The Cambridge Index climbed 658.3 points or 2.3% to close at 28775.1, as eight of the top ten Index heavyweights posted weekly gains to their share prices.
Cambridge Index rises 2.3%
AVEVA Group, up 4.2%, announced that it has made a good start to fiscal year 2022, with approximately 10% revenue growth in the first two months of the financial year.
Abcam, up 3.6%, in its pre-close trading update for the six-months ended 30 June 2021, announced that trading has been ahead of the board’s expectations. Further, the company announced that it would release its full results for the six- and twelve-month periods ended 30 June 2021 on 13 September 2021.
Cambridge Cognition, up 31.3%, announced that it has won a contract worth £2.2m for at-home cognitive testing in a virtual clinical trial. Separately, the company announced that it has completed the spin-out of Monument Therapeutics Limited, a drug development company.
Gaming Realms, up 11.9%, announced that in partnership with BetMGM, it has introduced its Slingo Originals content in Michigan.
Sareum, up 5.9%, revealed positive top-line results from its UKRI grant funded Covid-19 research project.
Feedback, up 5.3%, announced that its flagship medical imaging communications platform, Bleepa, has received UKCA mark, a post-BREXIT UK regulatory certification. Separately, the firm announced the resignation of Non-Executive Director, Simon Sturge.
Marshall Motor, up 3.8%, announced the acquisition of Nissan Leicester dealership which includes the purchase of a three-acre freehold site on Abbey Road in Leicester.
Checkit, down 3.5%, announced that it would be holding a Capital Markets Day on 15 July in London.
Oracle Power, down 3.2%, stated that, pursuant to the announcement of 23 June 2021, the geochemical sampling programme covering almost the entire tenement at its 100% owned Jundee East Gold Project, is now underway and would expand on the maiden geochemical sampling programme which returned the highly positive results announced on 14 June 2021.
UK markets ended mostly lower last week, amid fears that the recent spike in coronavirus cases in Britain could slow down the pace of economic recovery. On the data front, the UK’s economy shrank slightly more than initially expected in the first quarter of 2021, due to the re-imposition of lockdown restrictions, while the nation’s manufacturing PMI fell in June, driven by supply-chain and distribution difficulties caused by the coronavirus pandemic.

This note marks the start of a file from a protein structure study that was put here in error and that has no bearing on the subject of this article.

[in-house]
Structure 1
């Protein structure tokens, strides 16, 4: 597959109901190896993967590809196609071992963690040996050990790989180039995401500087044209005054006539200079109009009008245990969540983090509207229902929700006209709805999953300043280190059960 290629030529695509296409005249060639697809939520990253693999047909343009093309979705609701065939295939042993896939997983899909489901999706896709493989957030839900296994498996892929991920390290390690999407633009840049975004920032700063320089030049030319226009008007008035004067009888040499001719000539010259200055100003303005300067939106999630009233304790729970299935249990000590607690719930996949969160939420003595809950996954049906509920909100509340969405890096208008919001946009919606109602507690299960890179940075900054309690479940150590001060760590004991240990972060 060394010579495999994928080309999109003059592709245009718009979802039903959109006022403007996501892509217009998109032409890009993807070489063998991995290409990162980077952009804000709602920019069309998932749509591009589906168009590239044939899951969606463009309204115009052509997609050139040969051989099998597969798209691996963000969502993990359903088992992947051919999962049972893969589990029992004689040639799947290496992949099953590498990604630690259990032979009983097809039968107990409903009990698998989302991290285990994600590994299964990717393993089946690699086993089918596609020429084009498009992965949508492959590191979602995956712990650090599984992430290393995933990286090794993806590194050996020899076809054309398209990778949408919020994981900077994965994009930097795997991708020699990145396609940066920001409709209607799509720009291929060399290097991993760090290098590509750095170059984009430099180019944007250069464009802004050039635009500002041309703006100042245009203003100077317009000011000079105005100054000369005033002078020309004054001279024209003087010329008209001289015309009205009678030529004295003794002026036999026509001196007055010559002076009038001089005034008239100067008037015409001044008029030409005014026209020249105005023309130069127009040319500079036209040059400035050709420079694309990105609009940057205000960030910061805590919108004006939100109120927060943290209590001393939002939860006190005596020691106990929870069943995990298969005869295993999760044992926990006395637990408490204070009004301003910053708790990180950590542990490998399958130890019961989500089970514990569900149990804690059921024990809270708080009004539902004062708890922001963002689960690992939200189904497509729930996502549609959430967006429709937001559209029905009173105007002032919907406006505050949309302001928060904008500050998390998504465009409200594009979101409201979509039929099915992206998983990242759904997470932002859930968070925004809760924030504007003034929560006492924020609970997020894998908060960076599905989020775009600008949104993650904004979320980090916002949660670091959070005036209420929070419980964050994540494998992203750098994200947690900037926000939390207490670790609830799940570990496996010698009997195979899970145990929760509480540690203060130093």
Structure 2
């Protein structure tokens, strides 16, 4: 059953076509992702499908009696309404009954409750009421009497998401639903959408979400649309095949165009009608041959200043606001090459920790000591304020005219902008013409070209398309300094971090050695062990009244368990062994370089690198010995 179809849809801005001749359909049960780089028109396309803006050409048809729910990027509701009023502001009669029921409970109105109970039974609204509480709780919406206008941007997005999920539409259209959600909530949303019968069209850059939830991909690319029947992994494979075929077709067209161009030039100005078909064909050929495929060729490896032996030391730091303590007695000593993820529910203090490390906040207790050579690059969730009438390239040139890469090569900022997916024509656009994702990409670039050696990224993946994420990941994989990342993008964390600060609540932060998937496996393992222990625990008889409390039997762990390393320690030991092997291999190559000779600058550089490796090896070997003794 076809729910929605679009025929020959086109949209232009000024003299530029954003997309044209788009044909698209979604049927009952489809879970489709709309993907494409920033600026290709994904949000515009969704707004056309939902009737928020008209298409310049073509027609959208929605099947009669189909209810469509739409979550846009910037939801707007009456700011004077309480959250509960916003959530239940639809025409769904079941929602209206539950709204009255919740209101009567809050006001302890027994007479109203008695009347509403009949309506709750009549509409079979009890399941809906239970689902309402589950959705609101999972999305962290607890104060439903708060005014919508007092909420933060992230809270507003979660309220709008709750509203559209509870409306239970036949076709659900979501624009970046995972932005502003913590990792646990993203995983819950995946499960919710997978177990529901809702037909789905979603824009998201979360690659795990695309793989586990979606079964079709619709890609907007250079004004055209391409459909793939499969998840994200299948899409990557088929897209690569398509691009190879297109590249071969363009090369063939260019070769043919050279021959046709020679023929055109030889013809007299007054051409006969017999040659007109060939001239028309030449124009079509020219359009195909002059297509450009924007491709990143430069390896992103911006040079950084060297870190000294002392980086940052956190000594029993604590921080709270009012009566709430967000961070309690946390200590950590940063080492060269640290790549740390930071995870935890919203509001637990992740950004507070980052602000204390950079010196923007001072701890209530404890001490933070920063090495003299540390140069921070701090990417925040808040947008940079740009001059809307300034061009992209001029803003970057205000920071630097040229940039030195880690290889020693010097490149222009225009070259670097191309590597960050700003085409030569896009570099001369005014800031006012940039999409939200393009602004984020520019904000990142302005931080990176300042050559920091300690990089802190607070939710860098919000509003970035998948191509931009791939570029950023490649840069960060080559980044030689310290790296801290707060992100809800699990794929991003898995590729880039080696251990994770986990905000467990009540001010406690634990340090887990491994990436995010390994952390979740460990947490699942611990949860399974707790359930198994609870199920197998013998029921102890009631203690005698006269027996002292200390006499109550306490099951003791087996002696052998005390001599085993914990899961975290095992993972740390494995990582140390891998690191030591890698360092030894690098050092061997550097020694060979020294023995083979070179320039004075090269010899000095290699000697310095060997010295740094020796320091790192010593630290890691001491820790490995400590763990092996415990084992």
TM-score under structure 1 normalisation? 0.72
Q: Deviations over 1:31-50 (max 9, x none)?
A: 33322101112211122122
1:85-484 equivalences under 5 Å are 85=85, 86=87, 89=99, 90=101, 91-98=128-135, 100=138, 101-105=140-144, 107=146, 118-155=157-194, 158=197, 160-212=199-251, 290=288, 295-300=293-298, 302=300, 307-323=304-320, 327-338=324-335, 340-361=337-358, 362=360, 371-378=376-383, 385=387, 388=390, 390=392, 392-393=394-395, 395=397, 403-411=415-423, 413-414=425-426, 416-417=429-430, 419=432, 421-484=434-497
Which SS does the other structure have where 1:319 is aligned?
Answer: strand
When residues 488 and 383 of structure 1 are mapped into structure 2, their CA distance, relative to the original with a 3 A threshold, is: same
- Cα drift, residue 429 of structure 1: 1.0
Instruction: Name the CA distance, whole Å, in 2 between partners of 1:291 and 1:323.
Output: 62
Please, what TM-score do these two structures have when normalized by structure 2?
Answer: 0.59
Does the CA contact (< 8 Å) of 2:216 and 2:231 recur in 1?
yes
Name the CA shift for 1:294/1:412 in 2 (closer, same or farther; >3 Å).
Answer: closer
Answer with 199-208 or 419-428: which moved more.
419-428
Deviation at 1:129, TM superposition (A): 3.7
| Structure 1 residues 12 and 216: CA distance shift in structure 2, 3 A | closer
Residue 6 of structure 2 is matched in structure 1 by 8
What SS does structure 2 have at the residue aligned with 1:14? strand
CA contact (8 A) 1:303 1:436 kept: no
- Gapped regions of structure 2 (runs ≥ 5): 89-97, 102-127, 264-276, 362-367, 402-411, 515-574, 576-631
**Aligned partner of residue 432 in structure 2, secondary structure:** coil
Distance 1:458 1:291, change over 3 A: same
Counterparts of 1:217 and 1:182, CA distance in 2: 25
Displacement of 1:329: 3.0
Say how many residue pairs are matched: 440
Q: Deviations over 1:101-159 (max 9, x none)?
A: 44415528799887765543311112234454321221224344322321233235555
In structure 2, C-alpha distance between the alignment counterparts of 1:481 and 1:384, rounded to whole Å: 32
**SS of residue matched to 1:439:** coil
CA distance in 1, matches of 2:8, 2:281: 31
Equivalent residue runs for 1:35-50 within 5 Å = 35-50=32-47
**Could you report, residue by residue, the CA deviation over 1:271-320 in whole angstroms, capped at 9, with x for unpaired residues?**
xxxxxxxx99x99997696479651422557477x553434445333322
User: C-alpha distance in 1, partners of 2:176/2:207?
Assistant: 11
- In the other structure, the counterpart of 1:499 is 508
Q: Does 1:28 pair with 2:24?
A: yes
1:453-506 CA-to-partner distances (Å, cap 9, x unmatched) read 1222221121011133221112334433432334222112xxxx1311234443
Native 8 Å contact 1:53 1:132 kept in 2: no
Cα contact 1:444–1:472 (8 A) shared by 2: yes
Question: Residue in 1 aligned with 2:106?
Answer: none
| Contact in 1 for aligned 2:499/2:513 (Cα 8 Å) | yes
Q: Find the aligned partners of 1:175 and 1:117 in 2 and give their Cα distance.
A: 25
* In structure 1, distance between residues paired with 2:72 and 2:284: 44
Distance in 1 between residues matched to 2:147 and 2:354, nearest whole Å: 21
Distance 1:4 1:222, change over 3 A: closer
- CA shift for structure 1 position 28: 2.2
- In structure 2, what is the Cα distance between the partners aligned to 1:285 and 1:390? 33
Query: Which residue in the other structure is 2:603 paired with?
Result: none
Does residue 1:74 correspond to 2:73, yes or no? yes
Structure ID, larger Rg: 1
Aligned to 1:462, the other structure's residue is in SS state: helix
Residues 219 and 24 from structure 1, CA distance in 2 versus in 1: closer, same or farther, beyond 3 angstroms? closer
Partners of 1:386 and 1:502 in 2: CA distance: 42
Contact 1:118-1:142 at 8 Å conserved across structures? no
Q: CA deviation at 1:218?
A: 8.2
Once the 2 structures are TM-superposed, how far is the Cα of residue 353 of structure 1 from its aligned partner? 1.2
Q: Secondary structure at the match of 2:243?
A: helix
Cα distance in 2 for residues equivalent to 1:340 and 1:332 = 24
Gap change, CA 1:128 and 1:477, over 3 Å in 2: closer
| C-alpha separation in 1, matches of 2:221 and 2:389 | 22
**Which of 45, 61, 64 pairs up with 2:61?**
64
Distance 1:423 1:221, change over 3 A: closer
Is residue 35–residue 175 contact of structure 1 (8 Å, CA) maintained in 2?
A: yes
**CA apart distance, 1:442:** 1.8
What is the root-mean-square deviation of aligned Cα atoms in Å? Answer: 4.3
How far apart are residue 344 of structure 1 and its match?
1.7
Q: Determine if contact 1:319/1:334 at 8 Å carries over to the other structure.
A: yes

Meanwhile, British house prices grew at its fastest annual pace in 17 years in June, as investors rushed to seal deals before the end of a stamp duty tax break. Separately, Bank of England Governor Andrew Bailey warned against overreaction to rising inflation and stated that it was likely to be temporary. The FTSE 100 index declined 0.2% to settle at 7123.3, while the FTSE techMARK 100 index lost 0.1% to end at 6849.1. Meanwhile, the FTSE AIM 100 index rose 1.3% to close at 6222.7.
US markets ended higher in the previous week, following stronger than expected recovery in the US labour market. On the macro front, the US weekly jobless claims fell more-than-expected in the week ended 25 June 2021, while nonfarm payrolls climbed more than expected in June, indicating progress in the US jobs market. Moreover, pending home sales rebounded to its highest level since 2005 in May, driven by lower mortgage rates, while the US private sector employment increased more than anticipated in June.
On the flipside, the US ISM manufacturing PMI declined in June, reflecting a slowdown in the pace of growth in new orders, while the region’s construction spending unexpectedly dipped in May, as spending on private construction weakened. The DJIA index rose 1.0% to end at 34786.4, while the NASDAQ index gained 1.9% to close at 14639.3.
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